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NBA Draft: Biggest Winners And Losers

By Norm Elrod


Dallas Mavericks

The Mavericks end up with Luka Doncic, after trading the draft rights to Trae Young and a 2019 first-round, top-five-protected pick to the Atlanta Hawks. It seems they have another European player to build their franchise around, just in time for Dirk Nowitzki to retire. Doncic, still a teenager, has proved himself in EuroLeague the last three years, which is better competition than most draft picks faced in Division 1. He can shoot. He can pass. His defense is serviceable. And he knows how to win. Trading for Doncic puts the Mavs on course for the playoffs in a couple years. Adding a polished point guard in Jalen Brunson in the second round, possibly to back up Dennis Young Jr., will certainly help too.

Denver Nuggets

The offense-heavy Nuggets are already basically a playoff team, at least they should've been with 46 wins. And now they've added another scorer. Michael Porter Jr., at one point a top-three talent, fell all the way to 14th, where Denver picked him to fill a need at forward. Other teams were obviously concerned about Porter's back and hip issues, and the Nuggets should be too. But they've added a potentially elite scorer, and didn't have to give up anything to get him.

Phoenix Suns

The Suns selected Deandre Ayton, the player everyone assumed they would. He has the size and talent to start on first day. Whether he can be the Shaq half of Shaq-Kobe 2.0 remains to be seen. (Shaq played defense, after all.) But, Ayton does have enough athleticism to become a better defender and to be a strong presence at both ends of the court. The Suns also ended up with Mikal Bridges, who many saw as the most NBA-ready player in the draft, after trading their 16th pick, Zhaire Smith, to the 76ers.


Portland Trail Blazers

The Blazers drafted Anfernee Simons, an athletic shooting guard, with the 24th pick in the NBA Draft. Simons skipped college and will probably need some time to mature into an NBA contributor. He could be great in a couple seasons. But the Blazers, with Damian Lillard and C.J. McCollum firing on all cylinders, need help now. They were the third seed in the West and were swept out of the playoffs in the first round. Adding Simons doesn't make them any better next season. They should've picked an immediate contributor in this draft.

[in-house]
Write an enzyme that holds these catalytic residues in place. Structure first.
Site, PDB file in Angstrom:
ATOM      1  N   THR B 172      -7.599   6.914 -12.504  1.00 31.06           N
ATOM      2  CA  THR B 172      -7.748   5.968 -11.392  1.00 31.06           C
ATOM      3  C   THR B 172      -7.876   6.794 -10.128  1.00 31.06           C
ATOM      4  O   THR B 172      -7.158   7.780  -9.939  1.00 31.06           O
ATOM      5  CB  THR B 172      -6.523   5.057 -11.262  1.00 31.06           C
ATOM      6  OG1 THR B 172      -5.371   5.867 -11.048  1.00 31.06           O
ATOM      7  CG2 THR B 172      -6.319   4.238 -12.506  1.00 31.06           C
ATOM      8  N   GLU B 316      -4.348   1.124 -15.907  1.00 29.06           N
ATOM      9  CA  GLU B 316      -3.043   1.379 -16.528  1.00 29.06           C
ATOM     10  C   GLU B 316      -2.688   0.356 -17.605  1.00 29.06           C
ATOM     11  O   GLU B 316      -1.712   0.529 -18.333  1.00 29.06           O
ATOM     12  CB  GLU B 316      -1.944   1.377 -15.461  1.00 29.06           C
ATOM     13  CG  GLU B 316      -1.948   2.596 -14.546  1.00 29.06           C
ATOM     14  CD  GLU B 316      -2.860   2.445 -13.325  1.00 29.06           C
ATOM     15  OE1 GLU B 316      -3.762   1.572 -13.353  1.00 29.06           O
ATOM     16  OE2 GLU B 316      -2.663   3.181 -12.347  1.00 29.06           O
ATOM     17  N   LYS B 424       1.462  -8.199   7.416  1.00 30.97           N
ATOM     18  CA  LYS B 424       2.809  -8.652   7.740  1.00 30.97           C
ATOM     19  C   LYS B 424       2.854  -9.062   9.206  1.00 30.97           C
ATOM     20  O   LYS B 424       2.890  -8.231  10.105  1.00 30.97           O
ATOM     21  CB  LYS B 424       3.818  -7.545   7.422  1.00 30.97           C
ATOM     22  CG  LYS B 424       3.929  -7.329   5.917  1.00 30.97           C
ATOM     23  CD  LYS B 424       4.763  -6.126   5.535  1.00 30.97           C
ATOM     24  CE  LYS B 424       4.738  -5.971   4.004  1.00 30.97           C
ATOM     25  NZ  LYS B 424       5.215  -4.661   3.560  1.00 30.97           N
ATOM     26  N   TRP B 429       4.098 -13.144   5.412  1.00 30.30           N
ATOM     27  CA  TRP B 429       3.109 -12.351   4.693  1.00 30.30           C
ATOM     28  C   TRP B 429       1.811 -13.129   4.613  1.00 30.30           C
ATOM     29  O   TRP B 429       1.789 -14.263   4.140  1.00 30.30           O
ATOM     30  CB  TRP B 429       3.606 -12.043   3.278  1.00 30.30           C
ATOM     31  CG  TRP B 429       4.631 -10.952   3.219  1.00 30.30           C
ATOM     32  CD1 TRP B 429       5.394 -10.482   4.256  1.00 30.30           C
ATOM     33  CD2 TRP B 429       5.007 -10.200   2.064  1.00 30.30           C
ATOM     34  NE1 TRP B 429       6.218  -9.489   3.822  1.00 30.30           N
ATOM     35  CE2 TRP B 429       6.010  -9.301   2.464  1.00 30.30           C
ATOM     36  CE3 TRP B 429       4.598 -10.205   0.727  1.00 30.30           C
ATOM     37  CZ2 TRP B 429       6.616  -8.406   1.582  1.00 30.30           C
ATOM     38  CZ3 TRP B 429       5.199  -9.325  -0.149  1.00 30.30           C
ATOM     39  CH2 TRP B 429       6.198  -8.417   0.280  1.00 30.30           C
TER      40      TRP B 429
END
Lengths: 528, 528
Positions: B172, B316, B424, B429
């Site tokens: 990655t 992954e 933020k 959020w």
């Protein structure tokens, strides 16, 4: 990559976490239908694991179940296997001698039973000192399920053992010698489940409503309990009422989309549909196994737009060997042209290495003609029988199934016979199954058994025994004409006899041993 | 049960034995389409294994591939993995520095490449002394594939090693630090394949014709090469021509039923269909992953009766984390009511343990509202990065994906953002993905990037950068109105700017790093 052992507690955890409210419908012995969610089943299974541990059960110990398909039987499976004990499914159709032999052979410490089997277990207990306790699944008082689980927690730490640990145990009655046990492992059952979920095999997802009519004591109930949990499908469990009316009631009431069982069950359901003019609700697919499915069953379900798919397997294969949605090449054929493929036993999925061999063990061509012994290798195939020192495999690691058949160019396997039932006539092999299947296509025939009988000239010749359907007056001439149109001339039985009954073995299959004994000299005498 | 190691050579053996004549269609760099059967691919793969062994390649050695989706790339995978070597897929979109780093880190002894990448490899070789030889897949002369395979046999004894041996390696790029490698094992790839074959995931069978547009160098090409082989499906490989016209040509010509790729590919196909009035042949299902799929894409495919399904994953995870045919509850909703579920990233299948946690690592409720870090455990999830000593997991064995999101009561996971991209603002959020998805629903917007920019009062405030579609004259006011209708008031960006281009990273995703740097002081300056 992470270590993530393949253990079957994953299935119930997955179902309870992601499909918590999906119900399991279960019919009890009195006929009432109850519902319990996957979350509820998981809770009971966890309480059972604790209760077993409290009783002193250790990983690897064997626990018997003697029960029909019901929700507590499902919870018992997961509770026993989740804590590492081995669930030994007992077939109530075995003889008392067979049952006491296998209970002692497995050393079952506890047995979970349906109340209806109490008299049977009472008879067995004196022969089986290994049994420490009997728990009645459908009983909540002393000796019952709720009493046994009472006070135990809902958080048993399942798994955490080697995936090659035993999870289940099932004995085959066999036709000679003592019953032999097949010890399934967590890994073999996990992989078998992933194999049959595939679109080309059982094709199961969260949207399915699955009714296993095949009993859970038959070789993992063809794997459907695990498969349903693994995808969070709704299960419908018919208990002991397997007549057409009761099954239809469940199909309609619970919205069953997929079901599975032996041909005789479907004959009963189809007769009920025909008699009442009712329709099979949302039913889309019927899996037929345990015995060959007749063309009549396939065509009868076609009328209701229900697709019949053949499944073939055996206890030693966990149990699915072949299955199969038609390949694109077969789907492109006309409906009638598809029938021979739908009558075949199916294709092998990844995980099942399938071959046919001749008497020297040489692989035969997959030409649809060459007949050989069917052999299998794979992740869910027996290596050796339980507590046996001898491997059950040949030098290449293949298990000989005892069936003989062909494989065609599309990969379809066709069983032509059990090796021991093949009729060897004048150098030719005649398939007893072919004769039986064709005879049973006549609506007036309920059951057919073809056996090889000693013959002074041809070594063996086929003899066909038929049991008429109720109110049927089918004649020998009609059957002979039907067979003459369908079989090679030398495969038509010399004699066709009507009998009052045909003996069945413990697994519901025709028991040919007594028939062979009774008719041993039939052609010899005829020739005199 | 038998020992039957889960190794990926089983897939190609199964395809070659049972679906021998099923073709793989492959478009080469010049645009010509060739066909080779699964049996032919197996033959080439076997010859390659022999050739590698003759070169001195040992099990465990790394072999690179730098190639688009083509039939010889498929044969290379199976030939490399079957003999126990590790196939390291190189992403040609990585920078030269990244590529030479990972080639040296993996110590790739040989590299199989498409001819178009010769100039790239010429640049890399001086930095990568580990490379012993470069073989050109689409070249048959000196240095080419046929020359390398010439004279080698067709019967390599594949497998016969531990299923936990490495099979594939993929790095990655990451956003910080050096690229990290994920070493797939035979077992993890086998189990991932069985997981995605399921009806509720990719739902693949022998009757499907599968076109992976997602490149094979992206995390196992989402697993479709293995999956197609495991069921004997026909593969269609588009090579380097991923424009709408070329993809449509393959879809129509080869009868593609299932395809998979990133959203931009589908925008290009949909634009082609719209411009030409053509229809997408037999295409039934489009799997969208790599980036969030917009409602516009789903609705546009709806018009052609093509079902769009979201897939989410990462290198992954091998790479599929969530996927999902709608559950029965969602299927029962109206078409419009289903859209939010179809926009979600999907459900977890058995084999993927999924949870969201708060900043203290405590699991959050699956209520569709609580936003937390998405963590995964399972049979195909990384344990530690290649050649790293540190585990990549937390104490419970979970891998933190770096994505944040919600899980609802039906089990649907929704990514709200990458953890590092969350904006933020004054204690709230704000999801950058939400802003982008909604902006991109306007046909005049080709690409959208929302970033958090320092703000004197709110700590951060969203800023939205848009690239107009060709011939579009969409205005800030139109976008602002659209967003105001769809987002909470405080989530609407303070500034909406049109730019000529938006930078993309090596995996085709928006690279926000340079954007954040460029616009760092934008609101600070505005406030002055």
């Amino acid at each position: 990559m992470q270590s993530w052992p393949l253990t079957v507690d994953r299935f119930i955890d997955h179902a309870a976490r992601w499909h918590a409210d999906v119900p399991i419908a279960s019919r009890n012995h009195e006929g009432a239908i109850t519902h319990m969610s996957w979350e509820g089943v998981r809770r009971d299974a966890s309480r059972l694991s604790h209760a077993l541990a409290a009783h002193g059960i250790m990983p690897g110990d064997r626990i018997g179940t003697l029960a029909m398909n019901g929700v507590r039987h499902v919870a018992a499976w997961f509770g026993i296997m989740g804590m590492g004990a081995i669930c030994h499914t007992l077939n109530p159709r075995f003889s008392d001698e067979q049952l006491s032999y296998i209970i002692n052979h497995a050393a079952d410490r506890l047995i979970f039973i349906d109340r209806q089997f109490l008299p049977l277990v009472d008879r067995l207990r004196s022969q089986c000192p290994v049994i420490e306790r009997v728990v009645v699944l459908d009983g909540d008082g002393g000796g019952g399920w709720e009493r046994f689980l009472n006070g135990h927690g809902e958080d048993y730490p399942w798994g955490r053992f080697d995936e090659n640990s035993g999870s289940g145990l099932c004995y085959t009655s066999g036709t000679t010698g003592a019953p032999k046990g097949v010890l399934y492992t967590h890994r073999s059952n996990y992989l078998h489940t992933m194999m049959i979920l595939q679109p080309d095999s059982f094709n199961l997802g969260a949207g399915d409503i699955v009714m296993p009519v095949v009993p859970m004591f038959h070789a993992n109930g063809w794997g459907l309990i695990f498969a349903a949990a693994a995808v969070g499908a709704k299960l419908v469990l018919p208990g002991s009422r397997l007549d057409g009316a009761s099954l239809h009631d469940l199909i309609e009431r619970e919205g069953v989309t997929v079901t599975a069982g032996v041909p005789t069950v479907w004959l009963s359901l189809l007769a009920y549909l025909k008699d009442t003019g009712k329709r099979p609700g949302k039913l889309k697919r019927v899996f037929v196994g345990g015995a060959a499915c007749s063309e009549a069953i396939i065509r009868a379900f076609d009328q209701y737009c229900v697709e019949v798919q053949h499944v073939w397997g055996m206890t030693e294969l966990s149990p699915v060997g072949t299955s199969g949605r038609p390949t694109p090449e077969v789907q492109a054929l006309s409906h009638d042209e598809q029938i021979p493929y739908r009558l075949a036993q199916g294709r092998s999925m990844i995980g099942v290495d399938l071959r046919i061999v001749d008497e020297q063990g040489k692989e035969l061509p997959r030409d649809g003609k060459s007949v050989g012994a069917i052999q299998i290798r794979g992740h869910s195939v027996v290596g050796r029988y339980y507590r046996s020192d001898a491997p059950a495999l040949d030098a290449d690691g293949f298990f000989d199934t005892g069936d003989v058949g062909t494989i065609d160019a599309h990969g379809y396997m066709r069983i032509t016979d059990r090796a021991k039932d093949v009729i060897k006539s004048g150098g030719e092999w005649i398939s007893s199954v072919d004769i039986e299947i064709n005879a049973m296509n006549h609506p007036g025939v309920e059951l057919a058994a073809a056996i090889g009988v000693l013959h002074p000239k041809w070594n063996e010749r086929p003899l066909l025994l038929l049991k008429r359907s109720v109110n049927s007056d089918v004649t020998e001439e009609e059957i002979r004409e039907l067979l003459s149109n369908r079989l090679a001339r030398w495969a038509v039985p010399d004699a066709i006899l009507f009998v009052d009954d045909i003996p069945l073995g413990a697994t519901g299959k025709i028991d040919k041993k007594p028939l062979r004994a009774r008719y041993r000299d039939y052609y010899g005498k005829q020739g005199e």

Washington Wizards

The Wizards took 6'7" swing-man Troy Brown out of Oregon with the 15th pick. The athletic Brown was a top recruit coming out of high school but didn't do much in college. While the 18-year-old could become a solid two-way player in an NBA that's becoming more fluid and position-less, he's a project whose ceiling isn't that high. He will add some depth to a so-so Wiz bench that improved last season but is far from where it needs to be for the team to make a run. However, with Otto Porter and Kelly Oubre in front of him, it's not clear where those minutes will come from. Also, consider that many more NBA-ready players were still on the board at 15, among them Zhaire Smith, Donte DiVincenzo and even Lonnie Walker. Brown may ultimately work out, but he wasn't the player for the Wizards to take at 15.

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